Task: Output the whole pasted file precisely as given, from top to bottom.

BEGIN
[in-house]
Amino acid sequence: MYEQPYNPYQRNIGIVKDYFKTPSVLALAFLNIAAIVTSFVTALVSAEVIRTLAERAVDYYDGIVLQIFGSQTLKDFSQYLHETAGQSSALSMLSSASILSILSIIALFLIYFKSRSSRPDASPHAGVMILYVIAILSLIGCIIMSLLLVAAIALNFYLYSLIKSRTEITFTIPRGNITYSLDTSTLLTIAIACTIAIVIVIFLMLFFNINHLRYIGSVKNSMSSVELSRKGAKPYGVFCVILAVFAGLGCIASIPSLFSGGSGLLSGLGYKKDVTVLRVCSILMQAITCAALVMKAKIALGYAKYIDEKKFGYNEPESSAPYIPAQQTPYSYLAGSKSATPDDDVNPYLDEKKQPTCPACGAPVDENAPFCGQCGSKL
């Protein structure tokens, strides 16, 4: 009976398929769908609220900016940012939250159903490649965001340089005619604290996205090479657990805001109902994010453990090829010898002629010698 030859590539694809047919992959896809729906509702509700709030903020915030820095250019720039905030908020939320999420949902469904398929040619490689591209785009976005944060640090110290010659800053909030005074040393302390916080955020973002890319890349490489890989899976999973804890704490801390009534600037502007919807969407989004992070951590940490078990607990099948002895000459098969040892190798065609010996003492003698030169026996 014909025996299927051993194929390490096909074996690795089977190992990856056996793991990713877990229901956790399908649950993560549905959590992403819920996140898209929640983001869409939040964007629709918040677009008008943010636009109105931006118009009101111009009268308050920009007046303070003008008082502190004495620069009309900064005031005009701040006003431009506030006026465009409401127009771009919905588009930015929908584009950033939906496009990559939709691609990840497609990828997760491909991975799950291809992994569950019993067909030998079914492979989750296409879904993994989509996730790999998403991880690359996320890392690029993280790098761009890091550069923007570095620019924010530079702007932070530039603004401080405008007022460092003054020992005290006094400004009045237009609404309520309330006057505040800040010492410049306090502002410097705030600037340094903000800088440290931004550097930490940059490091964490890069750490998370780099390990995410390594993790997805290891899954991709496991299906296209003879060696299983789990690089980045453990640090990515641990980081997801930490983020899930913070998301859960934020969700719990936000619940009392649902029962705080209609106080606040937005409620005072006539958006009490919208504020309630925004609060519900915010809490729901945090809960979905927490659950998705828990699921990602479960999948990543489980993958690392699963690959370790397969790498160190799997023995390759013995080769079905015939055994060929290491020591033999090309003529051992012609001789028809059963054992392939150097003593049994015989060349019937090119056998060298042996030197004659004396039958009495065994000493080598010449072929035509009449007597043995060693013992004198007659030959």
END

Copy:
[in-house]
Amino acid sequence: MYEQPYNPYQRNIGIVKDYFKTPSVLALAFLNIAAIVTSFVTALVSAEVIRTLAERAVDYYDGIVLQIFGSQTLKDFSQYLHETAGQSSALSMLSSASILSILSIIALFLIYFKSRSSRPDASPHAGVMILYVIAILSLIGCIIMSLLLVAAIALNFYLYSLIKSRTEITFTIPRGNITYSLDTSTLLTIAIACTIAIVIVIFLMLFFNINHLRYIGSVKNSMSSVELSRKGAKPYGVFCVILAVFAGLGCIASIPSLFSGGSGLLSGLGYKKDVTVLRVCSILMQAITCAALVMKAKIALGYAKYIDEKKFGYNEPESSAPYIPAQQTPYSYLAGSKSATPDDDVNPYLDEKKQPTCPACGAPVDENAPFCGQCGSKL
């Protein structure tokens, strides 16, 4: 009976398929769908609220900016940012939250159903490649965001340089005619604290996205090479657990805001109902994010453990090829010898002629010698 030859590539694809047919992959896809729906509702509700709030903020915030820095250019720039905030908020939320999420949902469904398929040619490689591209785009976005944060640090110290010659800053909030005074040393302390916080955020973002890319890349490489890989899976999973804890704490801390009534600037502007919807969407989004992070951590940490078990607990099948002895000459098969040892190798065609010996003492003698030169026996 014909025996299927051993194929390490096909074996690795089977190992990856056996793991990713877990229901956790399908649950993560549905959590992403819920996140898209929640983001869409939040964007629709918040677009008008943010636009109105931006118009009101111009009268308050920009007046303070003008008082502190004495620069009309900064005031005009701040006003431009506030006026465009409401127009771009919905588009930015929908584009950033939906496009990559939709691609990840497609990828997760491909991975799950291809992994569950019993067909030998079914492979989750296409879904993994989509996730790999998403991880690359996320890392690029993280790098761009890091550069923007570095620019924010530079702007932070530039603004401080405008007022460092003054020992005290006094400004009045237009609404309520309330006057505040800040010492410049306090502002410097705030600037340094903000800088440290931004550097930490940059490091964490890069750490998370780099390990995410390594993790997805290891899954991709496991299906296209003879060696299983789990690089980045453990640090990515641990980081997801930490983020899930913070998301859960934020969700719990936000619940009392649902029962705080209609106080606040937005409620005072006539958006009490919208504020309630925004609060519900915010809490729901945090809960979905927490659950998705828990699921990602479960999948990543489980993958690392699963690959370790397969790498160190799997023995390759013995080769079905015939055994060929290491020591033999090309003529051992012609001789028809059963054992392939150097003593049994015989060349019937090119056998060298042996030197004659004396039958009495065994000493080598010449072929035509009449007597043995060693013992004198007659030959």